The test was carried out according to the manufacturer's instructions. Briefly, the S. mansoni + S. haematobium antigen strips (supplied with the kit) were incubated with 25 μl of sera diluted in Tris-NaCl sample buffer for 90 minutes. Then, a first washing step with Tris-NaCl washing buffer permitted to remove any unbound sample components. Later, the strips were incubated with an alkaline phosphates—anti human IgG conjugate for 60 minutes. After a second washing step, the whole complex was revealed by the corresponding substrate-chromogenic solution containing nitroblue tetrazolium and 5-bromo-4-chloro-3-indolylphosphate as a dark blue-purple color. The color development was stopped after 60 minutes by washing the strips with distilled water. The strips were dried and glued to paper for reading. The Schistosoma-specific IgG, if present in the sample, appeared as violet colored bands. Valid tests were read as positive depending on the presence of one of the following: 1) band P22-24; 2) a large band P30-34; 3) a thin band P30-34 plus at least one among bands P8, PP9, P10, P12-13, P14-15, P18. The strips were read independently by two observers, and, in case of discordance, by a third observer. In case a result was judged equivocal by two observers (typically for the appearance of a “shadow” rather than a clear band), it was reported as indeterminate.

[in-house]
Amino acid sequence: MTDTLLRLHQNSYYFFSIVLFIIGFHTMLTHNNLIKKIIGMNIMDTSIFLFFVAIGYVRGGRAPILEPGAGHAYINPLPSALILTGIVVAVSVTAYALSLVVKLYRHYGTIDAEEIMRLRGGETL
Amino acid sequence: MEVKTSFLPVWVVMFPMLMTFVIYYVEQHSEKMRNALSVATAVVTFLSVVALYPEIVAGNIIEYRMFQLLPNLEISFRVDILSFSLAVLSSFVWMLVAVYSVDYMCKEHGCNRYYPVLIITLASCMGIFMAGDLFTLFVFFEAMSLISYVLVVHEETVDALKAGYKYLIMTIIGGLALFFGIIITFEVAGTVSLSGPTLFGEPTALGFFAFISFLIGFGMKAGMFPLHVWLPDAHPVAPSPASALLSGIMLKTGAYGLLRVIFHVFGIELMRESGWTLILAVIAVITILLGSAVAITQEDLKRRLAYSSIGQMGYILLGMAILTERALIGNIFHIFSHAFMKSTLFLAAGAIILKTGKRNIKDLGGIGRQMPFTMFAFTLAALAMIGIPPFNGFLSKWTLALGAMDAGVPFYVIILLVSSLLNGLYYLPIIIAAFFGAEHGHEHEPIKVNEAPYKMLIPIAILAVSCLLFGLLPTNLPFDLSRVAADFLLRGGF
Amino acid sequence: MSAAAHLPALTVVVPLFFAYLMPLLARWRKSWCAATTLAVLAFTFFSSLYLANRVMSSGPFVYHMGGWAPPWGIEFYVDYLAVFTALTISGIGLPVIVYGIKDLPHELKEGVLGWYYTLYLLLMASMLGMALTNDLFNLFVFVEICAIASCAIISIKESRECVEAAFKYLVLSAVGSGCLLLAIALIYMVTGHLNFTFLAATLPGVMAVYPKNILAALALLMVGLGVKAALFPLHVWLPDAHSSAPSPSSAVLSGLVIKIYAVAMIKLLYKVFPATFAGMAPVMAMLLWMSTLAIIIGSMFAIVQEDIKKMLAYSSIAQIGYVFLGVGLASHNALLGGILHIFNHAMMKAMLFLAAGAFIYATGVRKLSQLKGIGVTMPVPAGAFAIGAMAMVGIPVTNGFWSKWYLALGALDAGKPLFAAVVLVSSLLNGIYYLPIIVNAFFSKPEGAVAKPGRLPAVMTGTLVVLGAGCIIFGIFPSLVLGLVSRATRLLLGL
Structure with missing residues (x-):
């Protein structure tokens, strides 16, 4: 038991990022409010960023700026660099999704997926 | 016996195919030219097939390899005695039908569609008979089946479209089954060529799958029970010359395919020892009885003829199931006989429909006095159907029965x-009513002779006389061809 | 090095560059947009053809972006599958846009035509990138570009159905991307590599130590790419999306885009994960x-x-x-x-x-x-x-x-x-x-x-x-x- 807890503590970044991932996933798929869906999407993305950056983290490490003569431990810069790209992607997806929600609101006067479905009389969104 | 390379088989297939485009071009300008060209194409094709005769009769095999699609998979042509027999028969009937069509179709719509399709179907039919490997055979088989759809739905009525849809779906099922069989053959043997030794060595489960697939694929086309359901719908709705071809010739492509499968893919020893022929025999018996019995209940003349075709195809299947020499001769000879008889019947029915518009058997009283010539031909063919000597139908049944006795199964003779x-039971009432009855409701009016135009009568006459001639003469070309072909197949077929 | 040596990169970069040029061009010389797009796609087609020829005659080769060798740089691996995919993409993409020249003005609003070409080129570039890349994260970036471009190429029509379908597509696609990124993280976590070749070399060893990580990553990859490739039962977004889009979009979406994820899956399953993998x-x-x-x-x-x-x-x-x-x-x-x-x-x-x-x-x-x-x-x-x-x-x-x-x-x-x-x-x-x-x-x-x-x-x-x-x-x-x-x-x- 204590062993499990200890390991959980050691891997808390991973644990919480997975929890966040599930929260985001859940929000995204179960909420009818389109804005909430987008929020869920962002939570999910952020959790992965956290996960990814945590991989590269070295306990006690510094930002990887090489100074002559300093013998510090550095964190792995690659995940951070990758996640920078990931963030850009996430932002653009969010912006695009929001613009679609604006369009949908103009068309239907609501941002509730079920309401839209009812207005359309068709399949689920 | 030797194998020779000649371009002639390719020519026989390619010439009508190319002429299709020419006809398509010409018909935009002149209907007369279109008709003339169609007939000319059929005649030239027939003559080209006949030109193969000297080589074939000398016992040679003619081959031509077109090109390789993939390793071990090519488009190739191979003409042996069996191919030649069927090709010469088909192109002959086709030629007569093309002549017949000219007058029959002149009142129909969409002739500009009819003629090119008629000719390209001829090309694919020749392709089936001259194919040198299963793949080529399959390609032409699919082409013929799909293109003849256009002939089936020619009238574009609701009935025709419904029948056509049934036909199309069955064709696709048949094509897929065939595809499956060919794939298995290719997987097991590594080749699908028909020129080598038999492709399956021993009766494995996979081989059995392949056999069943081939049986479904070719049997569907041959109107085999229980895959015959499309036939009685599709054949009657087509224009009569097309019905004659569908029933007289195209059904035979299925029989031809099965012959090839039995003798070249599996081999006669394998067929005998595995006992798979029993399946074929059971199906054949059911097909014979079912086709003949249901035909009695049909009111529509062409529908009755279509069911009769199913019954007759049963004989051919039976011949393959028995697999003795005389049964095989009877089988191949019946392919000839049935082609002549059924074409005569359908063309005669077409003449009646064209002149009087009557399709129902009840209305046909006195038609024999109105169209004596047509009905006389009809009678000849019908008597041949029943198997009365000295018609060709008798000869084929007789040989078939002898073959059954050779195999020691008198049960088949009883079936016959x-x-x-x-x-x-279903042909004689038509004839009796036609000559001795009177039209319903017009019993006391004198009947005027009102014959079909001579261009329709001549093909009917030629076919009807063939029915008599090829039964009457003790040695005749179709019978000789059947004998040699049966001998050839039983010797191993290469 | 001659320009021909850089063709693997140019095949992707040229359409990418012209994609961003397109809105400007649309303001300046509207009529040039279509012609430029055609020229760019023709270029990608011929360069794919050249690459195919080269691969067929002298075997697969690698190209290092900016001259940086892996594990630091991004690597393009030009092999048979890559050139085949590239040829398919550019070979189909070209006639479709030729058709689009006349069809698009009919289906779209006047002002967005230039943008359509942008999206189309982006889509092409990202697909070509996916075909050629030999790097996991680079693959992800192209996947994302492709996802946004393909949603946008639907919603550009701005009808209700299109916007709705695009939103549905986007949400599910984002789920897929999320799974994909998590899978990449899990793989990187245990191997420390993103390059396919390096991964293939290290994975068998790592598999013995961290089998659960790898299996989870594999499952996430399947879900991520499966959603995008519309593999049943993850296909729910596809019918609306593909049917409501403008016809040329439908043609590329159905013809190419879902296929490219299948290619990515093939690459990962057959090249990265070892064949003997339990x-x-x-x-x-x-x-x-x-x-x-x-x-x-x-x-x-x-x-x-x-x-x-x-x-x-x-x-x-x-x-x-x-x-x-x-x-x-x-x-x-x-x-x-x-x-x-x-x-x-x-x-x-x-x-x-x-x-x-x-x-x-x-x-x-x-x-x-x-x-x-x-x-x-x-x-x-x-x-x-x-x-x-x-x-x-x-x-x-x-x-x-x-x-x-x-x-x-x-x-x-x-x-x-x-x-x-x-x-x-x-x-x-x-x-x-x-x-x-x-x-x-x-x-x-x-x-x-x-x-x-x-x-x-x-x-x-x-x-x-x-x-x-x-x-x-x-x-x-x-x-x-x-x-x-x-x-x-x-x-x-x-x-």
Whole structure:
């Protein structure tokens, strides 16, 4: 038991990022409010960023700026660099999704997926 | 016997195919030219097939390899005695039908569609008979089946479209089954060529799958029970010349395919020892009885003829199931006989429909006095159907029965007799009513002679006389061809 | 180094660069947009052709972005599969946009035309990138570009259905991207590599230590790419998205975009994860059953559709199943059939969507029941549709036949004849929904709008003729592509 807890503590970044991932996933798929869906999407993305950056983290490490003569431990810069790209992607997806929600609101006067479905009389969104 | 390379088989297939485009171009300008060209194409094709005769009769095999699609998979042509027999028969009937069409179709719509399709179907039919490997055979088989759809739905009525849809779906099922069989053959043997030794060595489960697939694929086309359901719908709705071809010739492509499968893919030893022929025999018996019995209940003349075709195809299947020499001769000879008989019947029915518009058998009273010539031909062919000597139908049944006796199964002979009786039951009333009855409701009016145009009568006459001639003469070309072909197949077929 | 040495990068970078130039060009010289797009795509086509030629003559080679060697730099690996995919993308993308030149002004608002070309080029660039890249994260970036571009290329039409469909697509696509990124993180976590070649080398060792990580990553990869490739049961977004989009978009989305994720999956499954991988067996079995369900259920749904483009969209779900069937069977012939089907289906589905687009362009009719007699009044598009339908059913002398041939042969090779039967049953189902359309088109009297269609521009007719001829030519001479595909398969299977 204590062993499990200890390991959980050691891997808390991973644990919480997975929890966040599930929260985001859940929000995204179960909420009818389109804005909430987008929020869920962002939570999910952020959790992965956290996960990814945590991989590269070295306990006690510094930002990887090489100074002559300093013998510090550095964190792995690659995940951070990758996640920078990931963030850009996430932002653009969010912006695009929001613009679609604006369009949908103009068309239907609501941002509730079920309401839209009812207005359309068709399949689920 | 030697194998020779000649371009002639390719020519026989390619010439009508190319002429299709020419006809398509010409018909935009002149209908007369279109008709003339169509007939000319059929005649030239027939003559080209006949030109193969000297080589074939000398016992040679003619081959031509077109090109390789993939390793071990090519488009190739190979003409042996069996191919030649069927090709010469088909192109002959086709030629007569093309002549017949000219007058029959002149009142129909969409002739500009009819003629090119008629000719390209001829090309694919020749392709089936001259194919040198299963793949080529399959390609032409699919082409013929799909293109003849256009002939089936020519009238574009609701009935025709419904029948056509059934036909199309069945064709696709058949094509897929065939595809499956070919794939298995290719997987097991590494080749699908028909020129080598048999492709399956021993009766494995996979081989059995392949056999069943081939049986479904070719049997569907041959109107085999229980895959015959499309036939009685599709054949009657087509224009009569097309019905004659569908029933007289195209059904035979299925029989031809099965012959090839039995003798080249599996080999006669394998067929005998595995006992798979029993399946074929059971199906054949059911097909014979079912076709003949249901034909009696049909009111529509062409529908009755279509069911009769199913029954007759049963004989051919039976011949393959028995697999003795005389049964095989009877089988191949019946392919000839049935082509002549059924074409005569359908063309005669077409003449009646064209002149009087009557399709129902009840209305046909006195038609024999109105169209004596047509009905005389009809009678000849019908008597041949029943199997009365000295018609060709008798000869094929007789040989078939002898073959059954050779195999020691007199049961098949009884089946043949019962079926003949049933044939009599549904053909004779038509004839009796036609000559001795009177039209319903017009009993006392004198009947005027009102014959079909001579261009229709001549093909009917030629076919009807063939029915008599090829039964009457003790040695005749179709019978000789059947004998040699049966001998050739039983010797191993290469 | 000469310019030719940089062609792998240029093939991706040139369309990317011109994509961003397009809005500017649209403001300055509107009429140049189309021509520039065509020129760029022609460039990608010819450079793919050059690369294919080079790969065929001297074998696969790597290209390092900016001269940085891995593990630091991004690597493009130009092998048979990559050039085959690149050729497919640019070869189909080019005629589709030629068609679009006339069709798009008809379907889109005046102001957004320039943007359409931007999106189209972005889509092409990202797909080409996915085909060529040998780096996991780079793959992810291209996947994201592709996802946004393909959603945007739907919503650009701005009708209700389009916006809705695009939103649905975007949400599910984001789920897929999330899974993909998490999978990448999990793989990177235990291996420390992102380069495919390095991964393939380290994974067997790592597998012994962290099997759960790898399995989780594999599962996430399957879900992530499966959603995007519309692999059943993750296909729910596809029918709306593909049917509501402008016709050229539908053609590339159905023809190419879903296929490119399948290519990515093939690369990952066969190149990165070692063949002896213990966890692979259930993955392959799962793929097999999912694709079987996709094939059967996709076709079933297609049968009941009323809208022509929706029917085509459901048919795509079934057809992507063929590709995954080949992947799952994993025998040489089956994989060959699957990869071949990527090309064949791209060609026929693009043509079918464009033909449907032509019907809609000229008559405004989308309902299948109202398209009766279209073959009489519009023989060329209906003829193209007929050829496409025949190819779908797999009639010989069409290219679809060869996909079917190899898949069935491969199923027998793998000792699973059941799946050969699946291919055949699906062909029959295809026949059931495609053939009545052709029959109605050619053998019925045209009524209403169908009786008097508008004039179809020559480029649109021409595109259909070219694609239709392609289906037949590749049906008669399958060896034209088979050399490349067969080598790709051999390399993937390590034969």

Schistosoma ICT IgG-IgM.

This immune-chromatographic test (ICT) was carried out according to the manufacturer's instructions. Briefly, 30 μl of serum were added to a cassette, followed by 2 drops of the eluent (supplied with the kit). The result was read after 20 minutes. The tests were read as positive or negative depending on whether or not a colored band had appeared. The reading and the interpretation were carried out the same way as for CCA (see above).